SCHUYLKILL HAVEN, Pa. — Aylah Campos, a second-year student pursuing a bachelor of science in nursing at the Penn State Ross and Carol Nese College of Nursing at Penn State Schuylkill, said she couldn't dream of turning down the opportunity to participate in a college-wide contest that asked students to use the "Three Cs" of nursing — caring, compassion and communication — as inspiration for art. She began sketching the first ideas that came to mind and ultimately won first place.
According to organizers Associate Professor Nikki Hill and Assistant Professor Andrea Yevchak-Silner, both in nursing, integrating arts and humanities to address political, social and practical challenges in nursing care is part of the college's strategic plan and serves to inspire nurses across the commonwealth.
"The arts and humanities are a natural fit within the college's strategic plan, now and in the future," Yevchak-Sillner said. "They leverage the care and compassion that is the essence of nursing at work."
Campos witnessed such care close-up in another source of inspiration: her mother. She is a nurse at Milton S. Hershey Medical Center, and her compassion for others rubbed off on Campos a young age.
Watching her mother begin her nursing career with the Philippines Air Force as a flight nurse and continue all the way to Hershey as a dialysis nurse, Campos has kept her family and culture at the heart of her art and education.
Now at school, she has been able to show her own passion for health care through her own career.
“Just being in that environment with them [family] and seeing the passion exhibited by the doctors and nurses,” Campos said. “I just felt very inspired to do the same.”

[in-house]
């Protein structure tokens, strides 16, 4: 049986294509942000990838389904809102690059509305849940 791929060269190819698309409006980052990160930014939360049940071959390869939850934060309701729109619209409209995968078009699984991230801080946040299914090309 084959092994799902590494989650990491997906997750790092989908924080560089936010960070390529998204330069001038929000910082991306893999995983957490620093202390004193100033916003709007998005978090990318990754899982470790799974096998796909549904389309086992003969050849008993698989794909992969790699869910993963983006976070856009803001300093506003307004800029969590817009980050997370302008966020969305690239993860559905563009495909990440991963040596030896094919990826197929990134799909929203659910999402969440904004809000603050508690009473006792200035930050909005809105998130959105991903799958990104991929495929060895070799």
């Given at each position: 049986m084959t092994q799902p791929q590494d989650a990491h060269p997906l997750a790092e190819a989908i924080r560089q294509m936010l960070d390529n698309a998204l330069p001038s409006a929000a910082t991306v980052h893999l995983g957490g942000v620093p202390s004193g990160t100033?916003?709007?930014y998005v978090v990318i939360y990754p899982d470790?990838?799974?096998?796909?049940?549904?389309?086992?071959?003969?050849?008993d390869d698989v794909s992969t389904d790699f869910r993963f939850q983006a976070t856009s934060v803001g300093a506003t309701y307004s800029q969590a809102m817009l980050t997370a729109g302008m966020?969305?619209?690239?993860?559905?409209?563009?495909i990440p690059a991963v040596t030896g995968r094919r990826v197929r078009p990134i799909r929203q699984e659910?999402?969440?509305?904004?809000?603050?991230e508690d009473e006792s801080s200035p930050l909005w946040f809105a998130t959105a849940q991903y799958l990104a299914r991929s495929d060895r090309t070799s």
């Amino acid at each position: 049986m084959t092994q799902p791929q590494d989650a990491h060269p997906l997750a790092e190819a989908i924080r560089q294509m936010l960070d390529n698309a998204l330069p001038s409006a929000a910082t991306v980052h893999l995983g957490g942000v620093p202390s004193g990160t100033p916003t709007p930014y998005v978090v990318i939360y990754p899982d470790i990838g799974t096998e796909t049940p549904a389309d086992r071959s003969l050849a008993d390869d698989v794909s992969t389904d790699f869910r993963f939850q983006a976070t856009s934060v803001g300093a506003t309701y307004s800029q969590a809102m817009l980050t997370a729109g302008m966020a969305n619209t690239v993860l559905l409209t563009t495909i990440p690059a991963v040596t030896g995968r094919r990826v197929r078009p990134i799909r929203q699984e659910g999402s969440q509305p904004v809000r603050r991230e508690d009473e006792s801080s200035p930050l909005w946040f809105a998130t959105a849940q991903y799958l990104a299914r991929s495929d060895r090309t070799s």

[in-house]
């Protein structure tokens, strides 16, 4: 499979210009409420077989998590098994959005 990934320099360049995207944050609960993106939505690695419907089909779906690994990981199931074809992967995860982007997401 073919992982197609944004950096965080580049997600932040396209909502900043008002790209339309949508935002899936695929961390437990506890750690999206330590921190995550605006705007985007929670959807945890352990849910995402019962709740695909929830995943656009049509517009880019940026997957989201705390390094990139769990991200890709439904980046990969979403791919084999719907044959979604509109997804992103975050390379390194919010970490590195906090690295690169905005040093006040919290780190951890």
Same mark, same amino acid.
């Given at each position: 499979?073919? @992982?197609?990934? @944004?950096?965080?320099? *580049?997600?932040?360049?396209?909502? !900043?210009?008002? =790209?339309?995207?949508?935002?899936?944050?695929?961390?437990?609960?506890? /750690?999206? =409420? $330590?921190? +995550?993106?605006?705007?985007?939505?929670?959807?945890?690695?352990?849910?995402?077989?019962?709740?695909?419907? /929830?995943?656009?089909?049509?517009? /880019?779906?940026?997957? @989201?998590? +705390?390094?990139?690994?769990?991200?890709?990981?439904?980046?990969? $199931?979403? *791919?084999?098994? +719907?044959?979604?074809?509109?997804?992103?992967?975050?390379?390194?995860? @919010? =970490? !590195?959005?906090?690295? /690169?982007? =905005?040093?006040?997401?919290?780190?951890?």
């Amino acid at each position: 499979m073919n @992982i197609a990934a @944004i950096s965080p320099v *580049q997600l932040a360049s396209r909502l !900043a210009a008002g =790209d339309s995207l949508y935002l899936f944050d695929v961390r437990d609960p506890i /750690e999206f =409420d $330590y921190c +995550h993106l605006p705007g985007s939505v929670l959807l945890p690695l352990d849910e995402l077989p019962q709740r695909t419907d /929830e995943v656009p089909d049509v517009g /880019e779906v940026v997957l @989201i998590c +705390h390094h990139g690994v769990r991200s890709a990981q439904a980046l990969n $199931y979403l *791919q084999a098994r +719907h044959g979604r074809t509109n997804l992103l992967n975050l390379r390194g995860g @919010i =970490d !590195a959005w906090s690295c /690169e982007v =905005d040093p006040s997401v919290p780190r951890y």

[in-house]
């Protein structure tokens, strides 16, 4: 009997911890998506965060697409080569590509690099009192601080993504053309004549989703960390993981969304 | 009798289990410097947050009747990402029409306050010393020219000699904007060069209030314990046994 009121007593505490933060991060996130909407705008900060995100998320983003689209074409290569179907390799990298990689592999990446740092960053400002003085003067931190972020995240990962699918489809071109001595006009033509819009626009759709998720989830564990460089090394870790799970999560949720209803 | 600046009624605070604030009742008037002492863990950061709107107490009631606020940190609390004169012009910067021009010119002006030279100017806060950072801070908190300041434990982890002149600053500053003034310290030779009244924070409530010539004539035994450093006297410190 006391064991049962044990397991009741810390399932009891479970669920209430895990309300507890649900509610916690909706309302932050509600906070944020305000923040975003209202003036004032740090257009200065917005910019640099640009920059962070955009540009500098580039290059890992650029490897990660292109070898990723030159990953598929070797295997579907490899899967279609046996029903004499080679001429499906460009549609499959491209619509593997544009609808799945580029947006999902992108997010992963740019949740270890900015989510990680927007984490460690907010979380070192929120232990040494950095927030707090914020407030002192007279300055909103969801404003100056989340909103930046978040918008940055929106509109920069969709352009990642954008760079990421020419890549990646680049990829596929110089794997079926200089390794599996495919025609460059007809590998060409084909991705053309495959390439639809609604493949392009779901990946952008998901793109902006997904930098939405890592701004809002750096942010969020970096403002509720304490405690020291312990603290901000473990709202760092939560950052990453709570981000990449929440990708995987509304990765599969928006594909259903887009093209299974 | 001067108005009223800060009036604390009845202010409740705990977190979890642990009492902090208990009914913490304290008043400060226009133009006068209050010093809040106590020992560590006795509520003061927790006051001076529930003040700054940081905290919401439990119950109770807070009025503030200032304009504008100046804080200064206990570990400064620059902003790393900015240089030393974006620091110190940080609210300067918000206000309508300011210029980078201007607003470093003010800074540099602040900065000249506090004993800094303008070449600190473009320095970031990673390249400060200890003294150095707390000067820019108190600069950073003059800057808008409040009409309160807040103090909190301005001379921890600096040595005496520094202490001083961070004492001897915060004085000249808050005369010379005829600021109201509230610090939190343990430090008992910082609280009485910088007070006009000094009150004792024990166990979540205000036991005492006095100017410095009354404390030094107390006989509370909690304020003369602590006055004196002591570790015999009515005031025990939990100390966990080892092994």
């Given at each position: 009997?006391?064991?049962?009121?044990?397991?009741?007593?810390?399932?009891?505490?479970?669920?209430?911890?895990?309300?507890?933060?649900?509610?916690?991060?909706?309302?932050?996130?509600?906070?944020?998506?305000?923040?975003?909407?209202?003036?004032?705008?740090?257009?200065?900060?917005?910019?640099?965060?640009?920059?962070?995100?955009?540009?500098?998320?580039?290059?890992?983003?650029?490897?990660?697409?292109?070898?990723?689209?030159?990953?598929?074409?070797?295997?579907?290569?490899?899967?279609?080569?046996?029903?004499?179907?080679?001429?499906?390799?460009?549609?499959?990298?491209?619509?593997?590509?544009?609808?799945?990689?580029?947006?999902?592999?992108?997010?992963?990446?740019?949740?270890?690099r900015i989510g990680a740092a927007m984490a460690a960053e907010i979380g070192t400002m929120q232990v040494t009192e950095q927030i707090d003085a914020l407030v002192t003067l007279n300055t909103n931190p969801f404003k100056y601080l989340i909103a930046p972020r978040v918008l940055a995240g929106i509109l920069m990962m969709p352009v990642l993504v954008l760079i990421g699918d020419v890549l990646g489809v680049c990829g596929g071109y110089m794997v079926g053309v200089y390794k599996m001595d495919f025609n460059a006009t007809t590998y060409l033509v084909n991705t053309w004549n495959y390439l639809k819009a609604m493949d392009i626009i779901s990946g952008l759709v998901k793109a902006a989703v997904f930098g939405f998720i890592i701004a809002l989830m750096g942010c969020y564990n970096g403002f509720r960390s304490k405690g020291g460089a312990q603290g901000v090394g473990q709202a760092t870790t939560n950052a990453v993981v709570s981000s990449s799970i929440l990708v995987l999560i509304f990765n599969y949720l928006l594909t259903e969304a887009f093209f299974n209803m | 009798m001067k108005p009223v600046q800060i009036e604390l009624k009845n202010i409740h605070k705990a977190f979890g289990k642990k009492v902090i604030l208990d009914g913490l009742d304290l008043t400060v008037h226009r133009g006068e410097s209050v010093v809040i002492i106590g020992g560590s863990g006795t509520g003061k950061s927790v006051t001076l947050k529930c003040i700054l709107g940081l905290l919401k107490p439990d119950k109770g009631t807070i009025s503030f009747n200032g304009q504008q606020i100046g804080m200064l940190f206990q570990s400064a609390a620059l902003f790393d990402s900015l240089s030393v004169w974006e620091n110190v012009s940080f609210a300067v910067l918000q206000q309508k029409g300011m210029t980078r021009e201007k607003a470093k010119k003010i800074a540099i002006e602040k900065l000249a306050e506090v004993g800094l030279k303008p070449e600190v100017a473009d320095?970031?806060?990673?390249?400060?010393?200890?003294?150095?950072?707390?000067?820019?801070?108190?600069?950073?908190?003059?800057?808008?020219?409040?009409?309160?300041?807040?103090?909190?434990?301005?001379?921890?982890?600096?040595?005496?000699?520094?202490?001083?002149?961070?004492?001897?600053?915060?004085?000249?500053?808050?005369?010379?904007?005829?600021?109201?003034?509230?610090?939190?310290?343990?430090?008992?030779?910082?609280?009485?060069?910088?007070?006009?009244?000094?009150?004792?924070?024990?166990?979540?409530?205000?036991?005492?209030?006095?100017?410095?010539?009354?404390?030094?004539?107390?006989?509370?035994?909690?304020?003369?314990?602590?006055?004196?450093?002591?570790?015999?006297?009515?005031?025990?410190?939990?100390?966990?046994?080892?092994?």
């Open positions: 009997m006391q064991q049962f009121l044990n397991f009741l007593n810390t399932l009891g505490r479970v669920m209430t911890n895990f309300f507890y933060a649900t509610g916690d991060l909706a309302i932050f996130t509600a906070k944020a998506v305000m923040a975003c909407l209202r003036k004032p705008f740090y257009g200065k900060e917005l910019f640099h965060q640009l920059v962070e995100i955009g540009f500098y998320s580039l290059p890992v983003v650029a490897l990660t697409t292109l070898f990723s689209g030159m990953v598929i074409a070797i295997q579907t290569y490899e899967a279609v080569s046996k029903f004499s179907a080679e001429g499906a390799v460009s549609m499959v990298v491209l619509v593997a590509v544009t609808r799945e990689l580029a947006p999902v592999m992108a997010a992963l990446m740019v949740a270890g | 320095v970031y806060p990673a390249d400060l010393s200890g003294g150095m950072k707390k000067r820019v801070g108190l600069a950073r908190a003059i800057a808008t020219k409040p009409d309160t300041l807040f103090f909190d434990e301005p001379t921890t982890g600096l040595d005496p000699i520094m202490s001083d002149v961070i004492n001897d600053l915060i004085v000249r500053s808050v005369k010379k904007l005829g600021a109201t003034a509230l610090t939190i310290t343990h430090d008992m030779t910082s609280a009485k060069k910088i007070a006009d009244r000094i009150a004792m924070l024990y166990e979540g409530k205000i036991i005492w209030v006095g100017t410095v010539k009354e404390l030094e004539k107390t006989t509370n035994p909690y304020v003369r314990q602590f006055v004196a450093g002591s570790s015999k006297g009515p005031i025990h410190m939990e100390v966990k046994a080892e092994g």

While she has been surrounded by health care her whole life, she said she has also nurtured her love of art through classes and creative expression.
“I just love everything related to art,” Campos said. “I’ve grown up just making everything that I can.”
Her first-place art was inspired by Vincent Van Gogh and his use of bright strokes surrounding the figures in the art. Once again, her family was by her side, reminding her that not every detail of her work has to be perfect, much like Van Gogh.
“Van Gogh's style is structureless and carefree, yet it still captures so much dimension despite lost detail,” Campos said.
Campos also emphasized how she incorporates sustainability into her artwork, stressing that acts of sustainability are equally as important within health care networks. She utilized recycled materials such as cardboard and paper to form her canvas before she even began painting, demonstrating another priority of the college's strategic plan: its commitment to stewardship of the planet’s resources as it relates to the health and wellness of individuals, communities and systems.
But Campos’ art does not end with the competition. She also has pieces hanging in the Penn State Schuylkill cafeteria and around campus.
Campos said she enjoys adding to a space with creativity and being able to share her work with others to highlight anything from a café to diversity in health care. The competition and her studies highlight two parts of Campos’ priorities, demonstrating, she said, just how important duality is in nursing.
"We build upon the foundation of caring, compassion and communication in nursing and used these words as the launching point for the content," Hill said. "By blending outreach activities such as this one, with the science of nursing, we can craft a better, brighter future and demonstrate all that nursing has to offer.”